A Note to My Young Mother

Dear Mom,

I’ve been looking at this picture all morning. You so young and beautiful, me so young and innocent. I can’t quite wrap my brain around it. You were younger than I am now in this photo, by quite a few years. A young mom with young kids—the kind of mom I write most of my mothering thoughts for here on this site. And it makes me think—what would I say to this woman in the photo if I could take her out to coffee?

The first thing I’d tell the younger you is thank you for holding me. You tell me I that when I was young I was wary of certain people and I had a way of telling you that I was uncomfortable with someone. When you’d hold me, I’d turn my body towards and kick you a little in the back. And you honored that. You didn’t force me to come out of my shell or say hello to strangers or ignore my instincts. And as a result, I am comfortable now both in and out of my shell, I know when I need to come out and when I need to retreat. I know I can trust my instincts. You let me be who and what I was, and though I can’t say for certain that’s why, as an adult I am comfortable with who and what I am. So thank you for that.

The next thing I’d tell you is that you were doing a great job. You probably questioned a lot of what you did, as most young moms do. I’m sure you were exhausted, as most young moms are. I think this was close to the time that you became a single mother for a spell, which I can’t even imagine. But you were gentle and patient with us. I don’t recall that time as traumatic, though I’m absolutely positive it was for you. As a child, I just took it as a given that moms were like you, but now I know better. I know how hard parenting gets when everything else is shaky. I know how how much you probably struggled to keep the stress of your life circumstances from spilling over into your motherhood. I’m sure you worried about how all of that was going to affect me. But I don’t remember anything but love and comfort.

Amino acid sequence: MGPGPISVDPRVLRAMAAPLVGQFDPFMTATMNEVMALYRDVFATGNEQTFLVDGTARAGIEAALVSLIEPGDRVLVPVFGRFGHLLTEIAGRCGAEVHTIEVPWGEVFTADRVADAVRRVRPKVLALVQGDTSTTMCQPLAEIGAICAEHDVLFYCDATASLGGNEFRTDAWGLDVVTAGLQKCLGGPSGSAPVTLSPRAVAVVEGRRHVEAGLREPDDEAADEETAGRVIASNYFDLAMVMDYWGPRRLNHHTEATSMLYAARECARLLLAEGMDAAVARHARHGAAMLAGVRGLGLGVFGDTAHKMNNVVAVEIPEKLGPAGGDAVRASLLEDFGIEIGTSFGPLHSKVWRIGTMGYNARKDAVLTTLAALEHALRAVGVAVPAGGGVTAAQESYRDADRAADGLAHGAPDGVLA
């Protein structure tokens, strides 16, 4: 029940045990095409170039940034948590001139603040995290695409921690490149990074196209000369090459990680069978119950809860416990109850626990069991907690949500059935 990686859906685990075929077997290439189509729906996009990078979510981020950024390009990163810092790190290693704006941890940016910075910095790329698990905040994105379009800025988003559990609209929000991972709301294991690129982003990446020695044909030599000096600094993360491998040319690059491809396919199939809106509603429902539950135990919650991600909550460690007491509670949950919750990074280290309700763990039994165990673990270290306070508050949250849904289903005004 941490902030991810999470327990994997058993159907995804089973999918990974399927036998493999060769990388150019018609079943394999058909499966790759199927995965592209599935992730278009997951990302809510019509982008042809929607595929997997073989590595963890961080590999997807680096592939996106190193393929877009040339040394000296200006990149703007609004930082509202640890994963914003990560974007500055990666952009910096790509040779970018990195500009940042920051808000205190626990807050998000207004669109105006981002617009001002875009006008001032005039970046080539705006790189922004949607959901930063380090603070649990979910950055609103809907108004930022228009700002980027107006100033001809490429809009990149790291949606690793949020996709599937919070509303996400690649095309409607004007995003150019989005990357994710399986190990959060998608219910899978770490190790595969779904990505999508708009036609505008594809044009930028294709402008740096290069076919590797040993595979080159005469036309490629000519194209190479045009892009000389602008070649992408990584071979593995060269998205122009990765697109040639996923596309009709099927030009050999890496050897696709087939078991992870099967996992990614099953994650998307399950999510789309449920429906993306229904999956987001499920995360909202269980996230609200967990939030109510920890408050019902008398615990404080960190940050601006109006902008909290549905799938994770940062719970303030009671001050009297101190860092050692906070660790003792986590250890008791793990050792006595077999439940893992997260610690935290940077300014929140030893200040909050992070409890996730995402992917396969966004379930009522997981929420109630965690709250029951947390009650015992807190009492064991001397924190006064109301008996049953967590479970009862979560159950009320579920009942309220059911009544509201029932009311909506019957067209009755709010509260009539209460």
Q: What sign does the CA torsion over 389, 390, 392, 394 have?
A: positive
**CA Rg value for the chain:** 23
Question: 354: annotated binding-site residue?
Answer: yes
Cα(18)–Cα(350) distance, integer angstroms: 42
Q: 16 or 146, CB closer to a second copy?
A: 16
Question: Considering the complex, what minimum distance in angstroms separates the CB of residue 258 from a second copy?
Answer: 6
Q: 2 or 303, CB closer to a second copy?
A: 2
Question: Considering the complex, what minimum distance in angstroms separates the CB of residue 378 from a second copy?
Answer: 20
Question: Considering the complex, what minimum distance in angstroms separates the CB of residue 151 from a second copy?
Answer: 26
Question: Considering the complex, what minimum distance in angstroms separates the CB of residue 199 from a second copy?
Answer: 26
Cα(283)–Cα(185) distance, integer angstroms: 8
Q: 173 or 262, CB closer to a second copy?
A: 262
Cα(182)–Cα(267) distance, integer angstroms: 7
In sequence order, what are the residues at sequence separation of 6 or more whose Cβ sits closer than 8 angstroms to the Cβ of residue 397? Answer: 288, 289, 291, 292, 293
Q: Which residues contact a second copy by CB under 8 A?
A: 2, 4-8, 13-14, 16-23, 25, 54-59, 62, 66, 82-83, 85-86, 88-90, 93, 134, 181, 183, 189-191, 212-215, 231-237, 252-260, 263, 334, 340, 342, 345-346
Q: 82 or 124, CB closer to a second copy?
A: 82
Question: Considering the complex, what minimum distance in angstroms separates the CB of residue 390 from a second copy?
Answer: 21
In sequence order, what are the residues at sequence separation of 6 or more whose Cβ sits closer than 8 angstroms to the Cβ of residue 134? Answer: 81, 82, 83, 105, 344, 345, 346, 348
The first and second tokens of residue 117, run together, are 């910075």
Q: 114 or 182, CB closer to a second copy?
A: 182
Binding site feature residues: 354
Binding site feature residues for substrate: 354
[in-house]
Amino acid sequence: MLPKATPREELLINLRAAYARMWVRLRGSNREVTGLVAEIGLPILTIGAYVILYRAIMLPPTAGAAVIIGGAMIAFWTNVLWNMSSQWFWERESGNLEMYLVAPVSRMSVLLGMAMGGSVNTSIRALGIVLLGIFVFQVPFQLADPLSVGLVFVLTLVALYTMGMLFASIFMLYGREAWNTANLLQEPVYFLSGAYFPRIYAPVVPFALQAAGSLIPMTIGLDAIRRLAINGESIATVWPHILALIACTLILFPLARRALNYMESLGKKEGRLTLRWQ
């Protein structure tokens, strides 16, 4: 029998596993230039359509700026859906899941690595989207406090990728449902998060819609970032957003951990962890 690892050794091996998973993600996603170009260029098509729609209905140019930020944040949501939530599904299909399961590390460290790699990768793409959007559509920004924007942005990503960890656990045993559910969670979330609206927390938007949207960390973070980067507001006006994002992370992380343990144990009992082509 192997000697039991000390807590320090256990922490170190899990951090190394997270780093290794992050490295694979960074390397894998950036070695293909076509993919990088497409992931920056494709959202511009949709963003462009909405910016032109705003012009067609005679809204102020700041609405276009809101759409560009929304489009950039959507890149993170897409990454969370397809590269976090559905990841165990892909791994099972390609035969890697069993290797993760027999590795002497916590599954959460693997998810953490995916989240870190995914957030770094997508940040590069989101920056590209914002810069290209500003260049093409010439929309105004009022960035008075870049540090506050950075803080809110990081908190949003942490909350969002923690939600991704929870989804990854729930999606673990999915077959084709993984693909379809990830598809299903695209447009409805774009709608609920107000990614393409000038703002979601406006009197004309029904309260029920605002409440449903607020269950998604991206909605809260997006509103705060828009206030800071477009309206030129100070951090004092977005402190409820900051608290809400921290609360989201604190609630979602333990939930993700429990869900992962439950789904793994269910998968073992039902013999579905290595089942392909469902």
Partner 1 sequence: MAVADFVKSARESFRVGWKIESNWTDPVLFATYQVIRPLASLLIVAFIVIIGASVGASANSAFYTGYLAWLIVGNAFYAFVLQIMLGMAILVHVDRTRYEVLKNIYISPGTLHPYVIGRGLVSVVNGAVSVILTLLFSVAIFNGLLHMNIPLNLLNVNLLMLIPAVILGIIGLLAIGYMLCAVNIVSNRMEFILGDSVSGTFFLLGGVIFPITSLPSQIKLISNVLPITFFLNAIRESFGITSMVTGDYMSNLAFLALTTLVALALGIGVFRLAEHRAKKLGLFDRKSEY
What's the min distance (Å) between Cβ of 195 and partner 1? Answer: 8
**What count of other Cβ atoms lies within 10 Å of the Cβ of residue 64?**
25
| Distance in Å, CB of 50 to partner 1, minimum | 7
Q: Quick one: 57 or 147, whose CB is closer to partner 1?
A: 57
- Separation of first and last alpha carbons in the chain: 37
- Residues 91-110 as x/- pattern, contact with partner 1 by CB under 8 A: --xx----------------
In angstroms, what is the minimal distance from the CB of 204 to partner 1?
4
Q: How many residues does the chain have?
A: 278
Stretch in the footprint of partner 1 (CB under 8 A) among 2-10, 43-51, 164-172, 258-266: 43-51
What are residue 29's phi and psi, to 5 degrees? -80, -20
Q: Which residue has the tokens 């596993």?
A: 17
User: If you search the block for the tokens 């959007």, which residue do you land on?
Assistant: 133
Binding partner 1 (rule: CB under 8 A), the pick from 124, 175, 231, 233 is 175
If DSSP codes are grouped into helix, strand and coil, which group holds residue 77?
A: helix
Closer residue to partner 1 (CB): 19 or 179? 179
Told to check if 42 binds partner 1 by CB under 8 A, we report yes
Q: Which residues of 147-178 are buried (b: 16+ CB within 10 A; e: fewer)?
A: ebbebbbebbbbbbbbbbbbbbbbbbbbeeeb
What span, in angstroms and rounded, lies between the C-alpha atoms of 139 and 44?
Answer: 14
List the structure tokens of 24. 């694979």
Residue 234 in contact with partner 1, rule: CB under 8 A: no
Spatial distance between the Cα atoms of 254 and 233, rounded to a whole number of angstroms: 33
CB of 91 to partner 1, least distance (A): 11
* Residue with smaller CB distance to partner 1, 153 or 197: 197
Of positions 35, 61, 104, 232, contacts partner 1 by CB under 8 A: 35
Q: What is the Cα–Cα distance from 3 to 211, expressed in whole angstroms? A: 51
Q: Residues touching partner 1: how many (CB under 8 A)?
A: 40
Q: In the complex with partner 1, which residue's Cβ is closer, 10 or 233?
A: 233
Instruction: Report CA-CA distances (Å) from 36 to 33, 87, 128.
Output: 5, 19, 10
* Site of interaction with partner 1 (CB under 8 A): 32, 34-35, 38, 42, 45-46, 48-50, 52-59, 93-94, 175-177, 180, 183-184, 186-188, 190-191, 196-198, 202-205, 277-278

So I would tell you not to worry. I’d tell you we were going to be okay. I’d tell you that I appreciated all of the love and energy you put into my childhood. I’d tell you that it was good to take a break from us sometimes, and that I understand how necessary it is for moms to recharge their batteries. I’d tell you that it was all worth it, that the tireless, thankless work of those early years would result in untold amounts of gratitude when I reached the same stage of my own motherhood.

I would show the younger you this picture of you with your mother, your grown daughter, and your granddaughters.

I’d tell you I was proud of you. That the work you were doing was eternal and holy, even if it didn’t always feel that way.

I’d tell you that however much sincerity there was in my tiny toddler voice when I said, “I love you, Mommy,” I mean it so much more now that I have the full picture of what you were to me back then. I love the mom you were when I was little, the mom you were in the middle, and the mom and grandma you are now. Everything I am I owe to the totality of your motherhood.

Thank you, young Mom. And thank you, old(er) Mom. 🙂

Happy Mother’s Day.


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Annie writes about life, motherhood, world issues, beautiful places, and anything else that tickles her brain. On good days, she enjoys juggling life with her husband and homeschooling her children. On bad days, she binges on chocolate chips and dreams of traveling the world alone.

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